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MODULE 5.

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1 BASIC COMPUTER STRUCTURE

A computer is an electronic device, which can accept and process data by


carrying out a set of stored instructions in sequence. This sequence of
mathematical and logic operations is known as a Program.

The computer is constructed from electronic circuits, which operate on an


ON/OFF principle. The data and instructions, used in the computer, must
therefore be in logical form.

The computer uses the digits "1" and "0" of the binary numbering system to
represent "OFF" and "ON". All data and program information must, therefore, be
converted into binary form, before being fed into the computer circuitry.

One of the most important characteristics of a computer is that it is a general-


purpose device, capable of being used in a number of different applications. By
changing the stored program, the same machine can be used to implement totally
different tasks.

In general, aircraft computers only have to perform one particular task so that
fixed programs can be used.

1.1 ANALOGUE COMPUTERS

A computer is basically a problem-solving device. In aircraft radio systems the


problem to be solved is concerned with navigation, in that given certain
information, such as range and bearing to a fixed known point, steering
commands need to be computed to fly the aircraft to the same, or some other
fixed point.

Since the input and output information is continuously changing during flight,
analogue computation provides an obvious means of solving the navigation
problems.
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A block schematic diagram of an analogue computer is shown in Figure 1.

ANALOGUE
INPUT OUTPUT
COMPUTING
DEVICES DEVICES
ELEMENTS

Analogue Computer Block Diagram


Figure 1

The input devices are radio sensors such as VOR, DME, Omega, ADF, Doppler,
Loran, Decca, ILS, and non-radio sensors such as the Air Data Unit and Inertial
Navigation System. The output of such sensors will be electrical analogues of
the quantities being monitored. The electrical signals contain the necessary
information needed to solve the navigation problem, the solution being achieved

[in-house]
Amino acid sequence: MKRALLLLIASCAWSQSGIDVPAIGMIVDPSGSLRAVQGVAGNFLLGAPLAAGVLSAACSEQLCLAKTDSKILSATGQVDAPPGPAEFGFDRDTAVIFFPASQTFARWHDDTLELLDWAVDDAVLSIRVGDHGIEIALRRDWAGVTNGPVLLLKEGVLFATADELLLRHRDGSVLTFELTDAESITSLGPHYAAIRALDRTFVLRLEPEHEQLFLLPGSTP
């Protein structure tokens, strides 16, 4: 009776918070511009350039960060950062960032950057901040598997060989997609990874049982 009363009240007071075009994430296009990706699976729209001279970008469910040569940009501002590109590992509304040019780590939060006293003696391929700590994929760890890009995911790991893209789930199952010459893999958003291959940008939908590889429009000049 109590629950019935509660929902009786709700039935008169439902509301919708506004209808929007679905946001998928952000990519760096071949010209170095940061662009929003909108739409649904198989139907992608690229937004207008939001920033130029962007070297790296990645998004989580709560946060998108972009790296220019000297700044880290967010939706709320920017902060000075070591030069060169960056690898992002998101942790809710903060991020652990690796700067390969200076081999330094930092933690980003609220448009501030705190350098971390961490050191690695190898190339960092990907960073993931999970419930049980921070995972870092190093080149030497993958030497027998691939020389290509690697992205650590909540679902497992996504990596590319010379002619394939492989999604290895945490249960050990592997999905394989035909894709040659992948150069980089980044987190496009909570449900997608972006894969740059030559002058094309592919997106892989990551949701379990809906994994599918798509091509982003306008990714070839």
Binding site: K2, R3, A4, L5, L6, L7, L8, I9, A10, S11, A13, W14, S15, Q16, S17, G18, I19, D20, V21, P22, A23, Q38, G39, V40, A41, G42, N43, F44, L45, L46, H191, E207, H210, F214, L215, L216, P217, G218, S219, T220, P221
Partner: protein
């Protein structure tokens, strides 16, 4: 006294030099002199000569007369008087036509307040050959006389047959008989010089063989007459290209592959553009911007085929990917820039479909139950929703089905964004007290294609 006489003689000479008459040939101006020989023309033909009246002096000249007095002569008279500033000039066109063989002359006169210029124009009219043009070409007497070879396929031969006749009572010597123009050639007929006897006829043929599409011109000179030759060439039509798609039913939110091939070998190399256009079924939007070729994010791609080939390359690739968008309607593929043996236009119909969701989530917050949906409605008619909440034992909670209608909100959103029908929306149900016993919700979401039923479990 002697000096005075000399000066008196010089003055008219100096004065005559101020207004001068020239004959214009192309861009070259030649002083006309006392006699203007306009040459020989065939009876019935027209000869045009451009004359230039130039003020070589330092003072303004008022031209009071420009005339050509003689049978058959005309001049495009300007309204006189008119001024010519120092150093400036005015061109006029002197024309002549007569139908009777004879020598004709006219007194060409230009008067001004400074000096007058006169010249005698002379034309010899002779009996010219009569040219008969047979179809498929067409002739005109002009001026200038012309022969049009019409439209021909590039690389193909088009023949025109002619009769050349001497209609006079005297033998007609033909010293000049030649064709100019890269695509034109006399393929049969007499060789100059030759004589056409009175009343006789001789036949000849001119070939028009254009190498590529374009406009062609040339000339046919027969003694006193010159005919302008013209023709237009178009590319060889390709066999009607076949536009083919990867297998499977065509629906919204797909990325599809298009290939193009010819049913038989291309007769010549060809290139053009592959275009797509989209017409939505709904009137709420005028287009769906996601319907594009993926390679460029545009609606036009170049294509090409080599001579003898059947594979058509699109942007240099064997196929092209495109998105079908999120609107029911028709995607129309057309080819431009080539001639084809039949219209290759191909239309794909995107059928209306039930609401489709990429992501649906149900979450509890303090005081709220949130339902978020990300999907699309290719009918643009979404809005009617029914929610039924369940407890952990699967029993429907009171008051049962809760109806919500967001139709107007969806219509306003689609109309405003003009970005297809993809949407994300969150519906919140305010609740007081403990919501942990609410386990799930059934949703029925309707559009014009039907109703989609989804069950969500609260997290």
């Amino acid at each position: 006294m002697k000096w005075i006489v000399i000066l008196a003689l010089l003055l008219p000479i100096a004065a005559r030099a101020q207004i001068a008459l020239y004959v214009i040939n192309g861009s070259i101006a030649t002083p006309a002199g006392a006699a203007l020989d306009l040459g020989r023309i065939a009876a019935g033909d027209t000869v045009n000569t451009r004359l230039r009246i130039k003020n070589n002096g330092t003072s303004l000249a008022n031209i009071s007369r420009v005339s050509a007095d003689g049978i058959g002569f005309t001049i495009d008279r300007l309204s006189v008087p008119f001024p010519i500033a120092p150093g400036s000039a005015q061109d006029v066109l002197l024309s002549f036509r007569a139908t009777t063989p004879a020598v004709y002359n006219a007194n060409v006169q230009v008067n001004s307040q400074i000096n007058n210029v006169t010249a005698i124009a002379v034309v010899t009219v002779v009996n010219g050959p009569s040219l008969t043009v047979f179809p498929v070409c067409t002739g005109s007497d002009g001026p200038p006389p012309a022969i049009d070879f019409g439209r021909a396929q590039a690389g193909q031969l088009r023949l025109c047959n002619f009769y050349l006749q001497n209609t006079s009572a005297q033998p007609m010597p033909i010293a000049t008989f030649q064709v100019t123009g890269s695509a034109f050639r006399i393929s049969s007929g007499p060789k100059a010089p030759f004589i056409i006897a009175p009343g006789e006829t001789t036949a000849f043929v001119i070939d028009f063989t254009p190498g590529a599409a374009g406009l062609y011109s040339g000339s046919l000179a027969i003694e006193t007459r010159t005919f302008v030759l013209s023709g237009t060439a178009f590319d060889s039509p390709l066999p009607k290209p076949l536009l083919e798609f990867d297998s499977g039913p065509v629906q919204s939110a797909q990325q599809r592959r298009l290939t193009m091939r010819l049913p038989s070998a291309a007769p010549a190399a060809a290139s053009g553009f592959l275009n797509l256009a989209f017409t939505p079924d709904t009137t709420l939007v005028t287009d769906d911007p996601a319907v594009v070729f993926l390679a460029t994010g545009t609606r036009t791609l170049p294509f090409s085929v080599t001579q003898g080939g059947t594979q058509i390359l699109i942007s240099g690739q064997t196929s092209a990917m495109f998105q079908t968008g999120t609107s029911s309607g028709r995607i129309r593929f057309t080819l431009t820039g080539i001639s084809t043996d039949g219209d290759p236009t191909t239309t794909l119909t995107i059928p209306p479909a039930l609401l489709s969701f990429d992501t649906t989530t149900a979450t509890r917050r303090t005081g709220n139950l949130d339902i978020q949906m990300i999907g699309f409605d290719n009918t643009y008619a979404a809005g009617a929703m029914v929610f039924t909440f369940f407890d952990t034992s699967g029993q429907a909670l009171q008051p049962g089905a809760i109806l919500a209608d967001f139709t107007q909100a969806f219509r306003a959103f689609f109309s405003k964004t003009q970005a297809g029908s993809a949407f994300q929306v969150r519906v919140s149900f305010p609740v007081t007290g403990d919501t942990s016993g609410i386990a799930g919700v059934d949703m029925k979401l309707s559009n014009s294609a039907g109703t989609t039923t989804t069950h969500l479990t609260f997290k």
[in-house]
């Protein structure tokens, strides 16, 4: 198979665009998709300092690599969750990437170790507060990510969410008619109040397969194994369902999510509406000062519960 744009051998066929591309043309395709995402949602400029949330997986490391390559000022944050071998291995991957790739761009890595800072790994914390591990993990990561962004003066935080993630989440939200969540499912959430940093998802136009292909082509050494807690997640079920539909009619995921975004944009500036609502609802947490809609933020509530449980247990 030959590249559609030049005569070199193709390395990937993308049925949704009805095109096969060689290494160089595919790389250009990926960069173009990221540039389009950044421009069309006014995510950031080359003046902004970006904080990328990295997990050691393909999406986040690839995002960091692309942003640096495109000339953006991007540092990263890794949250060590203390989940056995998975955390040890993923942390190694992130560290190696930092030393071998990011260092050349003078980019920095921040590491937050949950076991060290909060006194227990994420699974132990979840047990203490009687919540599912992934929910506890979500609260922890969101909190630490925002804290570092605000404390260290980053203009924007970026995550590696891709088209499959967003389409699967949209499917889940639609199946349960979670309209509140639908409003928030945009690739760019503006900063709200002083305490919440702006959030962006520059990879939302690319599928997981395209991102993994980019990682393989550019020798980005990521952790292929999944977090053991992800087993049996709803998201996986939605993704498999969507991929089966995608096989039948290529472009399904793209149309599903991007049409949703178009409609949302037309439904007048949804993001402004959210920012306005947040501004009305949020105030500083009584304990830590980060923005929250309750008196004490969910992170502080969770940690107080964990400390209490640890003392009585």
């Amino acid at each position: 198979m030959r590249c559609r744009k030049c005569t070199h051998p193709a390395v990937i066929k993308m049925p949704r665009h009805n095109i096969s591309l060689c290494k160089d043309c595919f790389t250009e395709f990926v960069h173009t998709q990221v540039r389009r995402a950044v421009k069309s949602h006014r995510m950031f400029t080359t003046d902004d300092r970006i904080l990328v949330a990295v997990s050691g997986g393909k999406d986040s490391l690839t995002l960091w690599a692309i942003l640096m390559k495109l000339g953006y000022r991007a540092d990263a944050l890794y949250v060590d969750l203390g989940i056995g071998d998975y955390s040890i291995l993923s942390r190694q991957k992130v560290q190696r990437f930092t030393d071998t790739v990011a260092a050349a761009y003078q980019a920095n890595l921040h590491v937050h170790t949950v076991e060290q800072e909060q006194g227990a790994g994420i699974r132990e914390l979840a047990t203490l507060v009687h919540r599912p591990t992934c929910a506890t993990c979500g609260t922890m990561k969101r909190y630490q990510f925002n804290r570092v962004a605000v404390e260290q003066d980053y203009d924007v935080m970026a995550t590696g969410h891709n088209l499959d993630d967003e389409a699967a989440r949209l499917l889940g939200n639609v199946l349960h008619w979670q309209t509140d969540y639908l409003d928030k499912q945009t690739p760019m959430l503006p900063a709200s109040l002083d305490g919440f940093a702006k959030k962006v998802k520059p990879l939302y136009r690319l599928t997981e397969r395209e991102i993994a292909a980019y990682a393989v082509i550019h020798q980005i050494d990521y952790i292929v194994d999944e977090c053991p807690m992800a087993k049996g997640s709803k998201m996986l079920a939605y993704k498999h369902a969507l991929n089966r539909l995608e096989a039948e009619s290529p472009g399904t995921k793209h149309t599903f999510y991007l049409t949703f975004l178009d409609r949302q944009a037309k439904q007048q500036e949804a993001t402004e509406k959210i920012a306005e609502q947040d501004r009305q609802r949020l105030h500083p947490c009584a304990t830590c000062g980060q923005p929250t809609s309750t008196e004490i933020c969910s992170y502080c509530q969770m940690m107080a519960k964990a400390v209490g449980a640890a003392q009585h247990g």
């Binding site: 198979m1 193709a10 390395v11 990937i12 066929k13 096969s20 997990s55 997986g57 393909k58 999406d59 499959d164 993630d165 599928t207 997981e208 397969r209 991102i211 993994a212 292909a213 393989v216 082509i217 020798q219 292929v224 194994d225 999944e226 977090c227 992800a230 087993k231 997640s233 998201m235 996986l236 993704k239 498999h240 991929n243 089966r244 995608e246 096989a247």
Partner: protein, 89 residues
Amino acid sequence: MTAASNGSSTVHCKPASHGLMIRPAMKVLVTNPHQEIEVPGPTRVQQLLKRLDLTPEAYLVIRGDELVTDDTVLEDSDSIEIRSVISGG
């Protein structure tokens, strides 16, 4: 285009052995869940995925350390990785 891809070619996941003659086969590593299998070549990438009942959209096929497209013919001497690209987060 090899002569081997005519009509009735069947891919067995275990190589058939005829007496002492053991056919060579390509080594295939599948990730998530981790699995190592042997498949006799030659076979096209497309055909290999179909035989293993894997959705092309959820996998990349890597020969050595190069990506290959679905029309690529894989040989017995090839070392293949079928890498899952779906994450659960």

by the computer.

The computer consists of a variety of analogue circuits such as summing


amplifiers, integrators, comparators, sine cosine resolvers, servo systems, etc.
The patching network determines the way, in which the analogue circuits are
interconnected, which will be such as to achieve the required outputs for given
inputs.

There is a disadvantage of analogue computers in that different patching is


needed for different applications. Thus aircraft analogue computers are purpose
built to solve one particular problem and as such usually form an integral part of a
particular equipment.
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This lack of flexibility, together with limited accuracy and susceptibility to noise
and drift, has led to the introduction of digital computers, made possible by
integrated circuits. Even so, the analogue computer, or rather analogue
computing circuits, are still extensively used because as stated above, the
sensors produce analogue signals.

1.2 ANALOGUE COMPUTER EXAMPLE

Consider an aircraft approaching a DME beacon. The distance to go is given as


an electrical analogue signal at the output of the aircraft's DME equipment.

By using an analogue computer, this signal can be used to provide an indication


to the pilot of his ground speed.

As the input signal represents distance, a sample of change in distance divided


by the lapsed time will provide ground speed. A suitable block diagram to carry
out this calculation is shown in Figure 2.

ANALOGUE
COMPUTING
DME O/P GROUND
DISTANCE DISTANCE SPEED
TO GO INDICATOR

TIME

TIMING

Computing Groundspeed from 'Distance to Go'


Figure 2
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1.3 DIGITAL COMPUTERS

In the digital computer there are basically two types of input, namely Instructions,
and Data from the various radio and non-radio sensors, which will be referred to
collectively as information. Information must of course, be coded into a form,
which the rest of the computer can understand, such as digital form.

The essential components of a digital computer are shown in Figure 3.

CONTROL

ARITHMETIC

INPUT MEMORY OUTPUT

CENTRAL PROCESSOR UNIT (CPU)

Digital Computer Block Diagram


Figure 3
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Coded information is passed to the memory in which it is stored until needed by
the other units. The memory is divided into a large number of cells, each of
which can store a word representing a piece of information. Each cell has a
unique address, through which access to the information contained within that
cell can be obtained. There are usually two types of memory, long term and
temporary stores. The latter, often termed registers, will be used to hold
intermediate results in calculations and data, which is to be processed next in the
calculating sequence.